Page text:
Business of Baseball Reportby Brian Borawski
May 04, 2006
Twins' Stadium Saga Continues
Things seemed to be proceeding nicely in the latest chapter of the Minnesota Twins' pursuit of a new stadium. The Minnesota House of Representatives voted last week to allow the Hennepin County sales tax increase without a public vote. This increase would be used to pay the lion's share of what Twins owner Carl Pohlad is hoping will be the Twins' next stadium. Then on Monday, the Minnesota Senate Tax Committee threw a wrench into the whole thing and unanimously voted that county residents should have a say in whether their sales tax is increased. From that point on, all hell broke loose and talk of a brand new multi-county sales tax increase is being discussed, and even if that passes, there are conflicting bills in the two houses.
This story is developing as I was wrapping up this column, although I have a special treat, and that's an inside look at what's been going on in the Minnesota legislature the past few days. John Krapeck, who blogs at Friendly Confines, works for the Minnesota legislature as a clerk and on his blog, he gives you a blow-by-blow account of what's been happening the past few days in the state's capitol. It's a great read, so be sure to check it out.
Atlanta Businessman Makes Last-Ditch Effort to Buy Braves
Ron Terwilliger, the chairman and chief executive officer of Trammell Crow Residential and Atlanta resident, has called on Time Warner to abandon plans to sell the Atlanta Braves to Colorado-based Liberty Media. A tax-free exchange between Liberty Media and Time Warner that involves Liberty Media giving Time Warner their stock holding in Time Warner in exchange for the Atlanta Braves and cash appears to be close to a done deal. Terwilliger is making a last-ditch effort to ensure that the team will be sold to an Atlanta-based company, and his group was supposed to have issued a bid for the team earlier this week.
Asset sales like this are extremely messy, and the tax hit can sometimes exceed a third of the cash proceeds for which the company sold the asset, so it’s hard to blame Time Warner for wanting to do the deal in this manner. There’s always the chance that MLB commissioner Bud Selig will step in and decide who the Braves will go to, but my initial thoughts are that he would like a corporate owner. Corporations have to answer to their shareholders, so they’re more likely to be more prudent in keeping costs down, including player salaries.
MLB Announces Lerner as New Nationals Owner
Yesterday, MLB announced that the ownership group led by Theodore Lerner, a local real estate developer, will be the next owner of the Washington Nationals. The announcement came a day before the groundbreaking for the Nationals' next stadium. Earlier in the week, two Washington, D.C. council members spoke out against the decision, because they feel that the Lerner group doesn’t have enough minority representation.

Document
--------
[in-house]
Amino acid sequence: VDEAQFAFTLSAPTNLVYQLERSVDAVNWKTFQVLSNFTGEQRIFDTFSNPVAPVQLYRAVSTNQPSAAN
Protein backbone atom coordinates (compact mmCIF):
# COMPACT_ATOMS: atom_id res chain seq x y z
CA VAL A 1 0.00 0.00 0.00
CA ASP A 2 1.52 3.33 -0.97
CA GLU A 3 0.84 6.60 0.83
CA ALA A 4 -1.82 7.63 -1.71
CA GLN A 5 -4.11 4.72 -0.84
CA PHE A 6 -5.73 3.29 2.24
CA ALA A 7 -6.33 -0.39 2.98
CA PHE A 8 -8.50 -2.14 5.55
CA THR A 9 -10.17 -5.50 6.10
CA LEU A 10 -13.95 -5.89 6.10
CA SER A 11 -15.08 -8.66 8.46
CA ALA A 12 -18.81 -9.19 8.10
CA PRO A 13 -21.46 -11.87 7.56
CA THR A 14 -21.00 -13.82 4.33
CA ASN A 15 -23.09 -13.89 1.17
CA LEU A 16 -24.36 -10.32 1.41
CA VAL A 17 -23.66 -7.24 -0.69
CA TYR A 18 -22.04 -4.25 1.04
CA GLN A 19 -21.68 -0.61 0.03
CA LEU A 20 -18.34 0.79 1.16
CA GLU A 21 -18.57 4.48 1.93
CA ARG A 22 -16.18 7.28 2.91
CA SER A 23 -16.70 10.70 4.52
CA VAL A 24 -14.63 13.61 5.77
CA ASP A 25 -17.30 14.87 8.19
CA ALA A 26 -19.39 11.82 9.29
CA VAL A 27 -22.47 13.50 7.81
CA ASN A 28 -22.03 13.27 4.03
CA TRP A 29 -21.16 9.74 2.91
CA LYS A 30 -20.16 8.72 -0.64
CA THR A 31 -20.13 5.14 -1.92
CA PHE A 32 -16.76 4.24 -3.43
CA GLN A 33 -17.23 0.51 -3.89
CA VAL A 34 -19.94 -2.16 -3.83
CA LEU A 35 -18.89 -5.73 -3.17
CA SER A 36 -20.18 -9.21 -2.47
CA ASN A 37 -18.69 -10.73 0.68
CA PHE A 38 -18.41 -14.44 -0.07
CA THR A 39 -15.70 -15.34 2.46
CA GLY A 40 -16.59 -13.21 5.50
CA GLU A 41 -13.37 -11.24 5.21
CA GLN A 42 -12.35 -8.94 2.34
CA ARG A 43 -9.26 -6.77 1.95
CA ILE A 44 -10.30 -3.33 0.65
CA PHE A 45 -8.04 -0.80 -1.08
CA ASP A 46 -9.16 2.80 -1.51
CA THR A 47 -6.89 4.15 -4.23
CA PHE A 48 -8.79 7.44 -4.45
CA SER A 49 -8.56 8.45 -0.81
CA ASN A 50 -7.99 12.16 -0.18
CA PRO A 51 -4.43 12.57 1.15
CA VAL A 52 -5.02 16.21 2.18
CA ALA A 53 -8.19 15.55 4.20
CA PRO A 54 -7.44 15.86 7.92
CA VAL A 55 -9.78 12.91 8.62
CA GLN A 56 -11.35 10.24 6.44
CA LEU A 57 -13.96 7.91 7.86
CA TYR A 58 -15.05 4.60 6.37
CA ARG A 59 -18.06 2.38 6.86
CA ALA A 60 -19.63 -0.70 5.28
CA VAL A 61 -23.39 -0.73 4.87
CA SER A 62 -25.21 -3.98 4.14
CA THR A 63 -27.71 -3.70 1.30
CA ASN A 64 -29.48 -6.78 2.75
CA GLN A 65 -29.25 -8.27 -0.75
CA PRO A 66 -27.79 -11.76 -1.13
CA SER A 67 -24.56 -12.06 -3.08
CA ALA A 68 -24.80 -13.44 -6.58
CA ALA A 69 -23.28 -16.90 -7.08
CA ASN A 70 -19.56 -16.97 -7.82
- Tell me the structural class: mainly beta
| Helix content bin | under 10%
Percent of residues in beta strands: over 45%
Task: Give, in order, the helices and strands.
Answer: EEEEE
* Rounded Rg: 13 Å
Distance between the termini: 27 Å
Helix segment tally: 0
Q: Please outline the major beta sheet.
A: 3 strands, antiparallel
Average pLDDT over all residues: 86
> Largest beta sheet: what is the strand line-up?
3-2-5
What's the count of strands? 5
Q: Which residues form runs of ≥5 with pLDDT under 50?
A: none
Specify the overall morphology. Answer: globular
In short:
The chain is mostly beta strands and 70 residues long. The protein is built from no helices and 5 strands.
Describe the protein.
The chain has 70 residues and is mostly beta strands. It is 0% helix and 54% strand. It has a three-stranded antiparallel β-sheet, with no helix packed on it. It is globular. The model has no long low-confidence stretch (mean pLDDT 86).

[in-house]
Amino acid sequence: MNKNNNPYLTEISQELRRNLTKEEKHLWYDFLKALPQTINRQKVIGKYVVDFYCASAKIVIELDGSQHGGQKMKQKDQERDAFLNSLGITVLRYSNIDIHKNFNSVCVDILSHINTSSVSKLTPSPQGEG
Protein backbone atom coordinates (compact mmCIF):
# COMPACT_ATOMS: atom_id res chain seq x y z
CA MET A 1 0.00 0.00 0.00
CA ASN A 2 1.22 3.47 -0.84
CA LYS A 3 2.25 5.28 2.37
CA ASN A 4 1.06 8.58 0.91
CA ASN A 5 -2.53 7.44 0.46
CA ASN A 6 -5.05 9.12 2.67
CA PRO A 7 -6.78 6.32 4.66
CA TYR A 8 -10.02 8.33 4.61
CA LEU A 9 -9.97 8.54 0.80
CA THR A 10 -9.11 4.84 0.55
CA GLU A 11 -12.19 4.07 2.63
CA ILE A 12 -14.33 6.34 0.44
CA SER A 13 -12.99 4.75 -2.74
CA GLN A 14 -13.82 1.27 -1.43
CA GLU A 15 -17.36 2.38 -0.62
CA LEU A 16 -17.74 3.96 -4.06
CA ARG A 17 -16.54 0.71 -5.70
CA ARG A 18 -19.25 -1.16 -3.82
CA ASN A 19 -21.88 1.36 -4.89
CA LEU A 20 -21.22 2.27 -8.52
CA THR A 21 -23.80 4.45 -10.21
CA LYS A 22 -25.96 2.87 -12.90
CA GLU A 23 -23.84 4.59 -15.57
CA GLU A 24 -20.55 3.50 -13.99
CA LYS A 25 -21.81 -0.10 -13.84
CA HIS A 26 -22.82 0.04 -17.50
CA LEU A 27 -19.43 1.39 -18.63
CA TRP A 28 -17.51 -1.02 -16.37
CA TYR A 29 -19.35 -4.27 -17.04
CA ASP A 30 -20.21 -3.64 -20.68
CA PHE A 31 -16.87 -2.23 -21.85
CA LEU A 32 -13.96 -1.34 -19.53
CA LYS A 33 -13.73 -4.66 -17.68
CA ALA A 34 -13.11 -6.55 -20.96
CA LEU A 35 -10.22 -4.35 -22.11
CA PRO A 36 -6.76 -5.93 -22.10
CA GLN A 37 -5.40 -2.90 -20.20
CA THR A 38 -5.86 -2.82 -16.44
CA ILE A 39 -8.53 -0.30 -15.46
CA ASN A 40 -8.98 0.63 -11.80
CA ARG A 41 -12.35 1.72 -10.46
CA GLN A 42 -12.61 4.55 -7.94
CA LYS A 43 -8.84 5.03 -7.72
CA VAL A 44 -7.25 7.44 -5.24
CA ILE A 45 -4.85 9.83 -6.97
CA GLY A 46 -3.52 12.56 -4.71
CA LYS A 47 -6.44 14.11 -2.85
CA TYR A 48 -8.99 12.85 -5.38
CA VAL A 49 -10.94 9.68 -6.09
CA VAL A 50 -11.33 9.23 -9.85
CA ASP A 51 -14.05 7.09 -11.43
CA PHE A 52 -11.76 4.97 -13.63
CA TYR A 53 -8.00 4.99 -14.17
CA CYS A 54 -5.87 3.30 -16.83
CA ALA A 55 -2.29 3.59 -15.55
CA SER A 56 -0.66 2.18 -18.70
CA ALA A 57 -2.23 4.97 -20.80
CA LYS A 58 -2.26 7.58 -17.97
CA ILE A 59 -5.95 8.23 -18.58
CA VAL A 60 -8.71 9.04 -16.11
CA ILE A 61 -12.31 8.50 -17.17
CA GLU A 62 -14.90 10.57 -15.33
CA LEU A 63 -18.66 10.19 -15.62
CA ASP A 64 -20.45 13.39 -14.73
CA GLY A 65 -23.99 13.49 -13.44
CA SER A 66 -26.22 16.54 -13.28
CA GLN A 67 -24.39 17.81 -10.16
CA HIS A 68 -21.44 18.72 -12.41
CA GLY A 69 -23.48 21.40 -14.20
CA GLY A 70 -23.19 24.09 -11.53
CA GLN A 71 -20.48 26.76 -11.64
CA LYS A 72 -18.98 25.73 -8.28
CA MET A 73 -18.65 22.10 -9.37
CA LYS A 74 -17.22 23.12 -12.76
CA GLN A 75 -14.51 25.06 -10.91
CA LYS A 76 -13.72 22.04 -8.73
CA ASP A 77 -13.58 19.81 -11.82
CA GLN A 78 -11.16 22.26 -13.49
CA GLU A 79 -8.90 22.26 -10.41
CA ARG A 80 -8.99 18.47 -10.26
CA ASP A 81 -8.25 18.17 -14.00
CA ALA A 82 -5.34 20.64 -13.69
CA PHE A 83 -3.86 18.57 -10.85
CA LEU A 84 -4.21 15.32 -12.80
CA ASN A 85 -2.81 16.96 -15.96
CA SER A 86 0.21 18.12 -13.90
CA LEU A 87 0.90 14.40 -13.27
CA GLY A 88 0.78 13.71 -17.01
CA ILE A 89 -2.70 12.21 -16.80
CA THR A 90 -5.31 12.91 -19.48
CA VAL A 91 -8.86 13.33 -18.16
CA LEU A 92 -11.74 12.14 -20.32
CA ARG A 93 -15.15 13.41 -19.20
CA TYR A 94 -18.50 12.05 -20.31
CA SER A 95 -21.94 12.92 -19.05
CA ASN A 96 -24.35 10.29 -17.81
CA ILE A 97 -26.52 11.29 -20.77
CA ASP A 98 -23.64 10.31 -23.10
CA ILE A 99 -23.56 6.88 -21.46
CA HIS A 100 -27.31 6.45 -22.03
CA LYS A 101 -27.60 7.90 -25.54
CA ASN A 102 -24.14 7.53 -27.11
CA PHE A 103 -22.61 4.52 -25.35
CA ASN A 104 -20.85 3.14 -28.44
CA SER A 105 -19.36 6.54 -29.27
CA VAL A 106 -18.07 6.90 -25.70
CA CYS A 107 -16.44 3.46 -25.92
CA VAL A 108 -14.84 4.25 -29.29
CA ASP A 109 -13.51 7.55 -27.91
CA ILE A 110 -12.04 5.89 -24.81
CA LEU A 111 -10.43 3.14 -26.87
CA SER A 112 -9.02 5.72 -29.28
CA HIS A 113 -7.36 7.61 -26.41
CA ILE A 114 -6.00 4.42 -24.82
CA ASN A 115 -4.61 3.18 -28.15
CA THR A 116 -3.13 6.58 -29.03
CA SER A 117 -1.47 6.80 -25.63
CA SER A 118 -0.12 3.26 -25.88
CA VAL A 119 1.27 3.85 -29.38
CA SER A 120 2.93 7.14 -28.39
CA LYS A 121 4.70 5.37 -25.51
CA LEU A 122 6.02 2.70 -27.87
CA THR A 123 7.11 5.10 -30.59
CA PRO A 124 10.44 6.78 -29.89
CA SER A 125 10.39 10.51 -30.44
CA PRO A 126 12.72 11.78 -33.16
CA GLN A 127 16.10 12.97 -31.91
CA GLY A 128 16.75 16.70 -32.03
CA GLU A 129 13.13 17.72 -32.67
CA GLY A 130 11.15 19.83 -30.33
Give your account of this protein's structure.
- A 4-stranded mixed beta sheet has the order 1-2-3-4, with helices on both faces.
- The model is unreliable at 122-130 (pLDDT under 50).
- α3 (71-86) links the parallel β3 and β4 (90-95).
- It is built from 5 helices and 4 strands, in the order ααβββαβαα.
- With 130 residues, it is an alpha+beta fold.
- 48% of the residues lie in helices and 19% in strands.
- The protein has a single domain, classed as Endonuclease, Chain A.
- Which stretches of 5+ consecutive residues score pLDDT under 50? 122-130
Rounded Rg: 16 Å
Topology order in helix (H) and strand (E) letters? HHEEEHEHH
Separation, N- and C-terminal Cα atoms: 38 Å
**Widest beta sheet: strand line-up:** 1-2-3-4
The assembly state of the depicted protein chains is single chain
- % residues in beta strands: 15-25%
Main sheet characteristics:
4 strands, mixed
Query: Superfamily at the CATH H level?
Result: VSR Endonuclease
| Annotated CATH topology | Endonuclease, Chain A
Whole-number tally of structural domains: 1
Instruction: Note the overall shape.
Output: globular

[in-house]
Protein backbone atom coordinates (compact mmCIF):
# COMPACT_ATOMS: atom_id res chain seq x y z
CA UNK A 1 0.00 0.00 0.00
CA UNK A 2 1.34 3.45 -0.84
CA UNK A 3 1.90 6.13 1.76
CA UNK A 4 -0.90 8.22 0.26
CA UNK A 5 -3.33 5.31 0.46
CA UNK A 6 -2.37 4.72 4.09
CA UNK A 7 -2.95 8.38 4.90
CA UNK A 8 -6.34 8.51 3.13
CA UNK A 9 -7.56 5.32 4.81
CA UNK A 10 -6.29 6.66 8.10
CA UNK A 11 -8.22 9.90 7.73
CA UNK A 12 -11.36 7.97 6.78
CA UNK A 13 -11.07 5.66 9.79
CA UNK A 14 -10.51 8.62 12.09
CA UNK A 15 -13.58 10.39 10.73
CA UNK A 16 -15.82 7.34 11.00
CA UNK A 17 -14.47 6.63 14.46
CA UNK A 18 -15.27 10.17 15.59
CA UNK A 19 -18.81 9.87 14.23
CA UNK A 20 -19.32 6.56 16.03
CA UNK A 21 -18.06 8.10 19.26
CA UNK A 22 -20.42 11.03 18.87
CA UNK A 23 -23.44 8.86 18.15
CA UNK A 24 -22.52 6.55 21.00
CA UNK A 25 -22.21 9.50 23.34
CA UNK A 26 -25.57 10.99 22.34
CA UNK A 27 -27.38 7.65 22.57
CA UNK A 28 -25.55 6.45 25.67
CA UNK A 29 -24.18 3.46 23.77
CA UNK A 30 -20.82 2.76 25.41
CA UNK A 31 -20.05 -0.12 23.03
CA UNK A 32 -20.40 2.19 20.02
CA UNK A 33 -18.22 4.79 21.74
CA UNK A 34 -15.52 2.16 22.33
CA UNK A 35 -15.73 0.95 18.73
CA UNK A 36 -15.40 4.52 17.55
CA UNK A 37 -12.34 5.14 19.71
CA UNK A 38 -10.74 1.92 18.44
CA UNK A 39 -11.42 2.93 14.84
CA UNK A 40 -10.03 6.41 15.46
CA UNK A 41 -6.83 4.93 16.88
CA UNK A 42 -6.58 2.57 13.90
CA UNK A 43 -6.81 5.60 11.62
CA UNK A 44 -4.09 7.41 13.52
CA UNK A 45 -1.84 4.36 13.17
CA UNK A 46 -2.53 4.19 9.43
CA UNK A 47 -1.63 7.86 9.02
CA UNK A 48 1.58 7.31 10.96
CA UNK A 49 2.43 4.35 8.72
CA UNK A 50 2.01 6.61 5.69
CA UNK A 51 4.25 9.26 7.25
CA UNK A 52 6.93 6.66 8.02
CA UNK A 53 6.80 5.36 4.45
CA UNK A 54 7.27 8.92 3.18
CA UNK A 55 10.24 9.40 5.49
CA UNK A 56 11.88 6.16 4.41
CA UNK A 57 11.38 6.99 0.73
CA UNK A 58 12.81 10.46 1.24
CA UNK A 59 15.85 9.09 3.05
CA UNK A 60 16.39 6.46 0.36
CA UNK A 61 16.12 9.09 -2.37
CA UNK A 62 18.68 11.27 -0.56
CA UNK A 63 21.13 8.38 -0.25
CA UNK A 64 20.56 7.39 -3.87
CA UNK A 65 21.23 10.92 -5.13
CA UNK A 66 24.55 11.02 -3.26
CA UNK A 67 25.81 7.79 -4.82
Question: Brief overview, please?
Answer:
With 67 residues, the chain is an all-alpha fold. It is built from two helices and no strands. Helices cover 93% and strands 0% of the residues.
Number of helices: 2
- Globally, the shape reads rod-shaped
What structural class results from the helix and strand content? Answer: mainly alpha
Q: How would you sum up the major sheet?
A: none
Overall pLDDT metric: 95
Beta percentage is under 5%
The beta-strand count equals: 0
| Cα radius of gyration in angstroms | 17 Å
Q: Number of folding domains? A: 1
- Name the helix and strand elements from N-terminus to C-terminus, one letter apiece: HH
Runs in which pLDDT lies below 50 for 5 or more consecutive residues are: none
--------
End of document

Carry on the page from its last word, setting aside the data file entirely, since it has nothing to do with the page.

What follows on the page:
This ends an almost four-year period where the league owned the Nationals, and while the change of ownership won't be approved until the owners' meeting later this month and the closing of the deal won't happen until sometime next month, it finally puts an end to the whole Expos/Washington/Nationals saga. I'm just disappointed because it pretty much gave me something to write about every week. And it just feels like I did when I saw the Return of the King a few years ago. You're happy that you're finally getting a chance to see it, but your sad because you know the story is now finished.
City of Anaheim Considering Appeal of Angels Name Change Decision
It’s funny how some of these stories just never go away. The Anaheim City Council is considering whether or not to take the Los Angeles Angels of Anaheim back to court after losing its initial battle over the Angels' name change. In this instance, it’s hard to tell whether this is a bluff or not. There’s a rumor that the city is willing to put the appeal aside if the Angels don’t come after the city for court costs. As it stands, the Angels spent close to $7 million and they’re currently trying to get that money back from the city. The deadline for the city to file their appeal is June 5, 2006.
Yusaku Iriki Suspended for 50 Games for Using Perfomance Enhancing Drugs
New York Mets reliever Yusaku Iriki became the first player that's signed to a major league contract to get suspended under the new substance abuse guidelines. As a first time offender, he's getting the new minimum suspension of 50 games. Like similar suspensions last year, the player wasn't the sterotypical power hitter that most people would expect to get these kind of suspensions, and this now tips the scales and there have been more pitchers suspended than there have been hitters.
Brian Borawski is a member of SABR's Business of Baseball Committee and writes about the Detroit Tigers at his own website, TigerBlog. He welcomes comments, questions and suggestions via e-mail.
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